2. My dad did not do a good job. I had a very warped view of God and what marriage should look like. My husband and I, even before we were Christ-followers, knew we wanted something different. We were called to something else. Adding Jesus to that made our whole calling make sense. My husband is an amazing father, his priorities are straight, and while he is not perfect, he does what God tells him to do to the best of his ability. We are truly pioneers in our own families. Now that you and Robin have introduced the word Heritage into our vocabulary, its going to help us redefine our mission.

  3. I enjoy Dirk’s views on parenting, being a husband/father, and on life. I was wondering when Dirk will be putting on a seminar? I would like to sign up!

  4. My dad was physically protective of me and that made me feel secure. He also never laid a hand on me. I trusted him. I knew he loved me even though I probably only heard him say it less than 5 times in my life. But, I have made peace with the fact that did the best he knew how at the time AND he made HUGE strides compared to his card-carrying KKK father.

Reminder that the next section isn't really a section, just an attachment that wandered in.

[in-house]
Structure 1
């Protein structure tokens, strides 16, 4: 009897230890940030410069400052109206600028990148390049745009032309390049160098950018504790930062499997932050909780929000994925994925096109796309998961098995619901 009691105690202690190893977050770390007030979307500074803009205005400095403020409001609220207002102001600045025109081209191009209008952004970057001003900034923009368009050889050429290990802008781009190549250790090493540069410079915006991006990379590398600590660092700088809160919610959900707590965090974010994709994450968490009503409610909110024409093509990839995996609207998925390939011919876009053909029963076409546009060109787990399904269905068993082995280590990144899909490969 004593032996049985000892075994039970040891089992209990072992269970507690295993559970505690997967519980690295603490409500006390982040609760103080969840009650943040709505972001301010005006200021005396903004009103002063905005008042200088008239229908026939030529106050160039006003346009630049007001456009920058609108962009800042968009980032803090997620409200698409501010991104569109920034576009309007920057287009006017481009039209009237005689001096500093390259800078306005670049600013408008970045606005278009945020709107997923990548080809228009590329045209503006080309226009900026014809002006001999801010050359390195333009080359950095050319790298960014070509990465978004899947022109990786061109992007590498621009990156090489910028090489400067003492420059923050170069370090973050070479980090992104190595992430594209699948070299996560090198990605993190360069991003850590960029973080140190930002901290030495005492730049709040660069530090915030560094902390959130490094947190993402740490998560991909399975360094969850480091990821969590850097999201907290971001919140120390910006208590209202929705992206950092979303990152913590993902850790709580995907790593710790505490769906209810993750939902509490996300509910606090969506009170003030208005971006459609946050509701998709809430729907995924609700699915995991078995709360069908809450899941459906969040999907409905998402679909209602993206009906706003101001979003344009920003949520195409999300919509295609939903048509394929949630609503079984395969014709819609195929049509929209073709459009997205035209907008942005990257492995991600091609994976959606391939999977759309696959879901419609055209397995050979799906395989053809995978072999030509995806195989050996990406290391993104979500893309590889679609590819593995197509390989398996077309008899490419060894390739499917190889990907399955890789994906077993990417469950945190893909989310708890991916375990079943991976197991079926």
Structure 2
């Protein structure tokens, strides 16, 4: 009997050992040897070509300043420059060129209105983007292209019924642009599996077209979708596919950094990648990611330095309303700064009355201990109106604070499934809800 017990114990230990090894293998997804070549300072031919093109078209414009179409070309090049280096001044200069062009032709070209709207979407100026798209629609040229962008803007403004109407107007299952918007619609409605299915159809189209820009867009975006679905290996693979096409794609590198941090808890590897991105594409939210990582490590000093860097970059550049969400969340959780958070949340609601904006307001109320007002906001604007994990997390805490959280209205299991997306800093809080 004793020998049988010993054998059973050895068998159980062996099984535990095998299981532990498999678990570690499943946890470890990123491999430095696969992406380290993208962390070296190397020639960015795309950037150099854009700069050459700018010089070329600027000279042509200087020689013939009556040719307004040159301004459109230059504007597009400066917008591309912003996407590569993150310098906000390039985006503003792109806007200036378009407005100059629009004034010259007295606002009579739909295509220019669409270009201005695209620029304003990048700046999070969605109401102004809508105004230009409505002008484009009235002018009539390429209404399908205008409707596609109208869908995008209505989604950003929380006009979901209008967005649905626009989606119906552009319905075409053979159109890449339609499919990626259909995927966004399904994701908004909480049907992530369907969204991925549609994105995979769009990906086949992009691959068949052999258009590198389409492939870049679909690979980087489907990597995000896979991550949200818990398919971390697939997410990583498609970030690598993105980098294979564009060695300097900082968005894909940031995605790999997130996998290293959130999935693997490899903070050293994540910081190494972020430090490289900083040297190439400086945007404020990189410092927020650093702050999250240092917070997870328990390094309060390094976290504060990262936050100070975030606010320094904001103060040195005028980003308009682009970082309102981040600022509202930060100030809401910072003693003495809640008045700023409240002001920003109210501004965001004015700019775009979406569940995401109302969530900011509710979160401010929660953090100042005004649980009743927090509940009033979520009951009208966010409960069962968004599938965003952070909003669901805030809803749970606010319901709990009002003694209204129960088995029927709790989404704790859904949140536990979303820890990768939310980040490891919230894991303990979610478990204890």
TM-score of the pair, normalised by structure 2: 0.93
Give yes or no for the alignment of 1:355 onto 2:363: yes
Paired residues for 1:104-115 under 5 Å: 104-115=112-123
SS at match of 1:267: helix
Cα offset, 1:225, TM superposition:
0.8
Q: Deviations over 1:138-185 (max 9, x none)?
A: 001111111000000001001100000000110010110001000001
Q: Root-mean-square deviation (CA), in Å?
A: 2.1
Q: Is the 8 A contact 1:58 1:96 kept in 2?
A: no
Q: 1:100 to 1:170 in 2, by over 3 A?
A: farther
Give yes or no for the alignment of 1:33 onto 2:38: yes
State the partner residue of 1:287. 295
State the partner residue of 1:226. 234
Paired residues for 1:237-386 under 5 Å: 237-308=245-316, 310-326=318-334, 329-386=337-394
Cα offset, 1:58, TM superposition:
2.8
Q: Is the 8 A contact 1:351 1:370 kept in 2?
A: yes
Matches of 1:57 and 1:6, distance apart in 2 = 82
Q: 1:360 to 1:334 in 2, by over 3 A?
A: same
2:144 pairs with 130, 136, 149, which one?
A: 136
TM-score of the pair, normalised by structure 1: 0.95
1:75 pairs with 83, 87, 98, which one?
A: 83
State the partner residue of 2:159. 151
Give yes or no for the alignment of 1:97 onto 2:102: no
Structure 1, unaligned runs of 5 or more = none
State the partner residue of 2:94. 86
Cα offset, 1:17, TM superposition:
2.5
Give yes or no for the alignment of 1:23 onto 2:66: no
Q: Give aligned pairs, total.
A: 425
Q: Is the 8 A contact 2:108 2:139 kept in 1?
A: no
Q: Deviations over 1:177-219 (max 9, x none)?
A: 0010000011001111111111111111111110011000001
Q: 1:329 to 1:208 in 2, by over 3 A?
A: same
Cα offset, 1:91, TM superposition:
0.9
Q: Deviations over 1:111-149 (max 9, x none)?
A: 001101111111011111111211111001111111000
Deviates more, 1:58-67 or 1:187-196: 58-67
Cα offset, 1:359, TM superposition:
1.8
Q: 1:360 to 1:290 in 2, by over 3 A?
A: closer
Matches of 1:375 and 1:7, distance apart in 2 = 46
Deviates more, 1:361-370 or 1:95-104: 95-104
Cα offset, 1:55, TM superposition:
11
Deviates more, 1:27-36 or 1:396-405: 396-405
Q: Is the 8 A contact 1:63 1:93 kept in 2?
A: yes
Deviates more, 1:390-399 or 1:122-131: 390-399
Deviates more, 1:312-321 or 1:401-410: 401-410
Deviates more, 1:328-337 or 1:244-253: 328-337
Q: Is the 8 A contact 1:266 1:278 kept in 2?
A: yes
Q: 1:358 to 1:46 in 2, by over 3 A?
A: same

I would say that I really missed out on not having a dad who was physically loving and encouraging. I wonder if I would have made different choices if he doted over me and told me how special I was.

    I dunno. He died 19 years ago and I’m good with it. Lots of healing happens in 19 years 🙂

  5. Well what can I say?? I have one of the best dads in the world and was raised by a community that involved the best dads as well (Dirk being one of them)! I’ve always said I am the way I am because of my dad, but as I grow older, I can trace thoughts and beliefs back to my younger days when we would read the Bible together every night, and discuss it (yes, as an 8 year old, we talked about the Old Testament). We would pray together every night. Just me and him most of the time. When we were in the car together, we’d talk about interesting things and I always (and still do) learned something new 😉 maybe that’s what sparked my quest for knowledge. My dad is absolutely amazing and sets the standard very high for any man who might try and pursue me someday. I love him a lot!